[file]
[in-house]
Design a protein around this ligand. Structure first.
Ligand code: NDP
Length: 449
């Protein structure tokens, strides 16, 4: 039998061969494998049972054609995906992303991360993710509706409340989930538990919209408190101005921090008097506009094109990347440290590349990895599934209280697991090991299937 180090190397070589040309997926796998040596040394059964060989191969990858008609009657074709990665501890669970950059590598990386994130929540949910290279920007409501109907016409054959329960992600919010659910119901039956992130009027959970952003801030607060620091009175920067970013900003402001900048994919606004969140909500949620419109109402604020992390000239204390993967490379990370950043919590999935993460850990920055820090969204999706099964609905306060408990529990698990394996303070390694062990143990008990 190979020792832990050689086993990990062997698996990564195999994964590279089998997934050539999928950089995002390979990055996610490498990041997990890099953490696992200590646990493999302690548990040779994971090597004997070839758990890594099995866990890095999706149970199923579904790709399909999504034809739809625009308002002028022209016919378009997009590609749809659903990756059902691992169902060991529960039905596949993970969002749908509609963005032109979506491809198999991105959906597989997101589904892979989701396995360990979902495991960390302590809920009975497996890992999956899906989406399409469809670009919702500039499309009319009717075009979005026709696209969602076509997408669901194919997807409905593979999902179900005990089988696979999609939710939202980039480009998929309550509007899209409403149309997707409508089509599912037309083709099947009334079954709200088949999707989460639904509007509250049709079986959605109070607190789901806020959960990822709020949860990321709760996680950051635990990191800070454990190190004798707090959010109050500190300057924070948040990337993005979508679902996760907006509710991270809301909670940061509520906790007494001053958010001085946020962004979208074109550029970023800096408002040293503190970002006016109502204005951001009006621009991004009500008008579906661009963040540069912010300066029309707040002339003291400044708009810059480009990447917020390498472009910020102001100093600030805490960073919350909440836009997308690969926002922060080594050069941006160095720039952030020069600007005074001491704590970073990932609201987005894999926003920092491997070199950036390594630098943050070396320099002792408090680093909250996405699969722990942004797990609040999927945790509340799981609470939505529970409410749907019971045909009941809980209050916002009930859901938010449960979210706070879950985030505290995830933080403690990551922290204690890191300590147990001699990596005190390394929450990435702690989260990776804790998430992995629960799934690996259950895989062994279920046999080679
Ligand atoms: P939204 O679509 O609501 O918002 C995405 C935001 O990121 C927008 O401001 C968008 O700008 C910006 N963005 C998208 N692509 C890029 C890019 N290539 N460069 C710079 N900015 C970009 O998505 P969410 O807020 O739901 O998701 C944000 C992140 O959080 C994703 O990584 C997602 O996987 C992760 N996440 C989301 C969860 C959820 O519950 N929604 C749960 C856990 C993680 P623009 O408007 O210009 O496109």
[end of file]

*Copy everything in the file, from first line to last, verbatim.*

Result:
[in-house]
Design a protein around this ligand. Structure first.
Ligand code: NDP
Length: 449
């Protein structure tokens, strides 16, 4: 039998061969494998049972054609995906992303991360993710509706409340989930538990919209408190101005921090008097506009094109990347440290590349990895599934209280697991090991299937 180090190397070589040309997926796998040596040394059964060989191969990858008609009657074709990665501890669970950059590598990386994130929540949910290279920007409501109907016409054959329960992600919010659910119901039956992130009027959970952003801030607060620091009175920067970013900003402001900048994919606004969140909500949620419109109402604020992390000239204390993967490379990370950043919590999935993460850990920055820090969204999706099964609905306060408990529990698990394996303070390694062990143990008990 190979020792832990050689086993990990062997698996990564195999994964590279089998997934050539999928950089995002390979990055996610490498990041997990890099953490696992200590646990493999302690548990040779994971090597004997070839758990890594099995866990890095999706149970199923579904790709399909999504034809739809625009308002002028022209016919378009997009590609749809659903990756059902691992169902060991529960039905596949993970969002749908509609963005032109979506491809198999991105959906597989997101589904892979989701396995360990979902495991960390302590809920009975497996890992999956899906989406399409469809670009919702500039499309009319009717075009979005026709696209969602076509997408669901194919997807409905593979999902179900005990089988696979999609939710939202980039480009998929309550509007899209409403149309997707409508089509599912037309083709099947009334079954709200088949999707989460639904509007509250049709079986959605109070607190789901806020959960990822709020949860990321709760996680950051635990990191800070454990190190004798707090959010109050500190300057924070948040990337993005979508679902996760907006509710991270809301909670940061509520906790007494001053958010001085946020962004979208074109550029970023800096408002040293503190970002006016109502204005951001009006621009991004009500008008579906661009963040540069912010300066029309707040002339003291400044708009810059480009990447917020390498472009910020102001100093600030805490960073919350909440836009997308690969926002922060080594050069941006160095720039952030020069600007005074001491704590970073990932609201987005894999926003920092491997070199950036390594630098943050070396320099002792408090680093909250996405699969722990942004797990609040999927945790509340799981609470939505529970409410749907019971045909009941809980209050916002009930859901938010449960979210706070879950985030505290995830933080403690990551922290204690890191300590147990001699990596005190390394929450990435702690989260990776804790998430992995629960799934690996259950895989062994279920046999080679
Ligand atoms: P939204 O679509 O609501 O918002 C995405 C935001 O990121 C927008 O401001 C968008 O700008 C910006 N963005 C998208 N692509 C890029 C890019 N290539 N460069 C710079 N900015 C970009 O998505 P969410 O807020 O739901 O998701 C944000 C992140 O959080 C994703 O990584 C997602 O996987 C992760 N996440 C989301 C969860 C959820 O519950 N929604 C749960 C856990 C993680 P623009 O408007 O210009 O496109």